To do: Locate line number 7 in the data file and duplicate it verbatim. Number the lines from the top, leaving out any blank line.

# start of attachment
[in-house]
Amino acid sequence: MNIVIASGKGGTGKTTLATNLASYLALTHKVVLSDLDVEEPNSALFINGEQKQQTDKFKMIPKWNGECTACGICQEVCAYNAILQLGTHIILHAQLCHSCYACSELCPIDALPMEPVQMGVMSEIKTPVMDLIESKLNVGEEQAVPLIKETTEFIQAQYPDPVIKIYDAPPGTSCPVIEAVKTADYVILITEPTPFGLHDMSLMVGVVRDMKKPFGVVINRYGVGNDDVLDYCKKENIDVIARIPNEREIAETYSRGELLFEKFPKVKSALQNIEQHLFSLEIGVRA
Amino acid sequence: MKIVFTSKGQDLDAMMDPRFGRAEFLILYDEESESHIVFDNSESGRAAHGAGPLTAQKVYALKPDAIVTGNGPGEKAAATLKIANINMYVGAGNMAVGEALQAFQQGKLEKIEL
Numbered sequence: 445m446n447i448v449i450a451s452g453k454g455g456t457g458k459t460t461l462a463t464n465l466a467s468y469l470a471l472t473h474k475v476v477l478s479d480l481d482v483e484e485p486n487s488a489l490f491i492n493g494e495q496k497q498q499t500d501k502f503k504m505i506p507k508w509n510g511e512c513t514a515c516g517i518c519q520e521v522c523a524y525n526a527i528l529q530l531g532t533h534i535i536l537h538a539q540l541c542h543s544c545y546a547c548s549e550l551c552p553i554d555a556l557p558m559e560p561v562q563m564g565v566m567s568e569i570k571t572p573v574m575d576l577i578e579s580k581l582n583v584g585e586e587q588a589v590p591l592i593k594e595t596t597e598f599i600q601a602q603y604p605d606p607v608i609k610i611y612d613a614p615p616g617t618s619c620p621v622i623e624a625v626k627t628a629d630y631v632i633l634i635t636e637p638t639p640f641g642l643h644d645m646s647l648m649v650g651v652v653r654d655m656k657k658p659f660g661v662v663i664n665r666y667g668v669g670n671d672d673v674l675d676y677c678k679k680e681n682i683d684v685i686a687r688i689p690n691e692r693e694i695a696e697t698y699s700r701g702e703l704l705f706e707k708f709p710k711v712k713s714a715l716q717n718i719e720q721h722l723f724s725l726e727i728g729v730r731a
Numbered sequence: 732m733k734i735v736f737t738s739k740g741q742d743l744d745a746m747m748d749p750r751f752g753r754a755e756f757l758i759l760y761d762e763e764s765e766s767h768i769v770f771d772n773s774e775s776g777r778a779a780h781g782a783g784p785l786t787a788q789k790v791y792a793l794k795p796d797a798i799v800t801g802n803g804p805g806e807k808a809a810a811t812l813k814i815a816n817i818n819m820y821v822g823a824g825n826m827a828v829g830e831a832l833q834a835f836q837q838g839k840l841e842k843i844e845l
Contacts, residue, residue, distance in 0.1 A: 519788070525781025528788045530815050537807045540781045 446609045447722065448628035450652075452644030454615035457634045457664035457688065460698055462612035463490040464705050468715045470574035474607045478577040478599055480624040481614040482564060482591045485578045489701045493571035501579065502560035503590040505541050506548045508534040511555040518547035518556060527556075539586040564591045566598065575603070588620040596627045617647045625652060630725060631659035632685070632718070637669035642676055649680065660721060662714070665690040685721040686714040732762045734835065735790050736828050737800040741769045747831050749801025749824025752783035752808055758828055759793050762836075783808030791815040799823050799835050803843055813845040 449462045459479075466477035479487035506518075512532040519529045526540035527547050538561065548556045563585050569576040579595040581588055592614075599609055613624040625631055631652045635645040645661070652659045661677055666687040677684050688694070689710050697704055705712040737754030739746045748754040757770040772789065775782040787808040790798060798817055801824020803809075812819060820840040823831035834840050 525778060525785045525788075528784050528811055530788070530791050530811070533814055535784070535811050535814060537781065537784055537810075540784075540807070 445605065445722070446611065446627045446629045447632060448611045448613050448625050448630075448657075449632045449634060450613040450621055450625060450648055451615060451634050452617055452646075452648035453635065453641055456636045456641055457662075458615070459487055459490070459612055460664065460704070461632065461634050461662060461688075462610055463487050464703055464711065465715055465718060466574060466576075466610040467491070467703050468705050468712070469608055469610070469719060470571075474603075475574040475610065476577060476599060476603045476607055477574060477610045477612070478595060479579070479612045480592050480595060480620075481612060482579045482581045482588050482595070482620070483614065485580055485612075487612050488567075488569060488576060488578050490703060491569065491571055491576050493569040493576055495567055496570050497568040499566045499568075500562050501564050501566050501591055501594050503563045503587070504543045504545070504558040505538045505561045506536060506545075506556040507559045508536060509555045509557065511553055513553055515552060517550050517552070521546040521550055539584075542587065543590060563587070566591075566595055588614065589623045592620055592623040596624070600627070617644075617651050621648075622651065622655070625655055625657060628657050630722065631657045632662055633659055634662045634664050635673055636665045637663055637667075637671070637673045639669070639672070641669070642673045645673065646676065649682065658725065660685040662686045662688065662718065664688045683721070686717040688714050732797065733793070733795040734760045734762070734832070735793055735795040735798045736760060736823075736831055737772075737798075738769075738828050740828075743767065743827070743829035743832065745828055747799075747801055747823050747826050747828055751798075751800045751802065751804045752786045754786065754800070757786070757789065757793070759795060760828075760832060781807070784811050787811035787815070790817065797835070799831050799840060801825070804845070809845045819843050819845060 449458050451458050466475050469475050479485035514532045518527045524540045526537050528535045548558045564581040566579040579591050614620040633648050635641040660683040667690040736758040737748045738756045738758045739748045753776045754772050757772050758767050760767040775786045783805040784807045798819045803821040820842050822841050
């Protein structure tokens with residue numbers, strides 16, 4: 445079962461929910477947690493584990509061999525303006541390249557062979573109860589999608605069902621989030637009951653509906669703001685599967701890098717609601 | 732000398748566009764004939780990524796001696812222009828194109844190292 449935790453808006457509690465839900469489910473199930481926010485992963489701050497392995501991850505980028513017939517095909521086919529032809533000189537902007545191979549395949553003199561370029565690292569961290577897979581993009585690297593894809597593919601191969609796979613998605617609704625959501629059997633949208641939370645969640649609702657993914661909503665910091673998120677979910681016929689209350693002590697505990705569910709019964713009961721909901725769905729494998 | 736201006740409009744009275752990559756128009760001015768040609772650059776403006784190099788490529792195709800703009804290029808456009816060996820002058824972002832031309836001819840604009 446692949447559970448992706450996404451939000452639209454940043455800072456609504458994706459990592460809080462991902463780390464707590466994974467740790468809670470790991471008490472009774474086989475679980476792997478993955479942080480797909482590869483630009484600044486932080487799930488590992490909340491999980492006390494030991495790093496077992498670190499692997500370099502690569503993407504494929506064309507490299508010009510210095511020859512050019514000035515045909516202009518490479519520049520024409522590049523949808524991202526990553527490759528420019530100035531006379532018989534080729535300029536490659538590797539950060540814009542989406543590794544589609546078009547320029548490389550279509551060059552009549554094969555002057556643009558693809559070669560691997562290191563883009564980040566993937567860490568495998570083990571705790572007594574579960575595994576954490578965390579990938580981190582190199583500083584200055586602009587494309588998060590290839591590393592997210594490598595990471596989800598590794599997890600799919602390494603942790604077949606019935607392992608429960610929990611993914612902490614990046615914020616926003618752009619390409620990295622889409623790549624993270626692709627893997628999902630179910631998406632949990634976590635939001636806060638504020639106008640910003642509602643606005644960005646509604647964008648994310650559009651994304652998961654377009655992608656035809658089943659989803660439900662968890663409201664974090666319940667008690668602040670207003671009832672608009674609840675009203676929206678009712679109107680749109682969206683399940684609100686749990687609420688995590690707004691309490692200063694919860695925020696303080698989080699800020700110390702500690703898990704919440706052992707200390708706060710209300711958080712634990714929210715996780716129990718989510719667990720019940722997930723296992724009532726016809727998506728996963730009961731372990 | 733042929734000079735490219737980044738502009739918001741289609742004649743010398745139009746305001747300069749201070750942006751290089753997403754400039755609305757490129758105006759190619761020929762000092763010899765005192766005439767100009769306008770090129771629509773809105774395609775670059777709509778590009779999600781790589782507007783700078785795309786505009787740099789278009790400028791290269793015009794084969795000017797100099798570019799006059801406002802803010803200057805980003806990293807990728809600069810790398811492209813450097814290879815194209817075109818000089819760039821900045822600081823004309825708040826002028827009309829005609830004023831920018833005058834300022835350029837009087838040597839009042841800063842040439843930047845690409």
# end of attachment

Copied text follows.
């Protein structure tokens with residue numbers, strides 16, 4: 445079962461929910477947690493584990509061999525303006541390249557062979573109860589999608605069902621989030637009951653509906669703001685599967701890098717609601 | 732000398748566009764004939780990524796001696812222009828194109844190292 449935790453808006457509690465839900469489910473199930481926010485992963489701050497392995501991850505980028513017939517095909521086919529032809533000189537902007545191979549395949553003199561370029565690292569961290577897979581993009585690297593894809597593919601191969609796979613998605617609704625959501629059997633949208641939370645969640649609702657993914661909503665910091673998120677979910681016929689209350693002590697505990705569910709019964713009961721909901725769905729494998 | 736201006740409009744009275752990559756128009760001015768040609772650059776403006784190099788490529792195709800703009804290029808456009816060996820002058824972002832031309836001819840604009 446692949447559970448992706450996404451939000452639209454940043455800072456609504458994706459990592460809080462991902463780390464707590466994974467740790468809670470790991471008490472009774474086989475679980476792997478993955479942080480797909482590869483630009484600044486932080487799930488590992490909340491999980492006390494030991495790093496077992498670190499692997500370099502690569503993407504494929506064309507490299508010009510210095511020859512050019514000035515045909516202009518490479519520049520024409522590049523949808524991202526990553527490759528420019530100035531006379532018989534080729535300029536490659538590797539950060540814009542989406543590794544589609546078009547320029548490389550279509551060059552009549554094969555002057556643009558693809559070669560691997562290191563883009564980040566993937567860490568495998570083990571705790572007594574579960575595994576954490578965390579990938580981190582190199583500083584200055586602009587494309588998060590290839591590393592997210594490598595990471596989800598590794599997890600799919602390494603942790604077949606019935607392992608429960610929990611993914612902490614990046615914020616926003618752009619390409620990295622889409623790549624993270626692709627893997628999902630179910631998406632949990634976590635939001636806060638504020639106008640910003642509602643606005644960005646509604647964008648994310650559009651994304652998961654377009655992608656035809658089943659989803660439900662968890663409201664974090666319940667008690668602040670207003671009832672608009674609840675009203676929206678009712679109107680749109682969206683399940684609100686749990687609420688995590690707004691309490692200063694919860695925020696303080698989080699800020700110390702500690703898990704919440706052992707200390708706060710209300711958080712634990714929210715996780716129990718989510719667990720019940722997930723296992724009532726016809727998506728996963730009961731372990 | 733042929734000079735490219737980044738502009739918001741289609742004649743010398745139009746305001747300069749201070750942006751290089753997403754400039755609305757490129758105006759190619761020929762000092763010899765005192766005439767100009769306008770090129771629509773809105774395609775670059777709509778590009779999600781790589782507007783700078785795309786505009787740099789278009790400028791290269793015009794084969795000017797100099798570019799006059801406002802803010803200057805980003806990293807990728809600069810790398811492209813450097814290879815194209817075109818000089819760039821900045822600081823004309825708040826002028827009309829005609830004023831920018833005058834300022835350029837009087838040597839009042841800063842040439843930047845690409």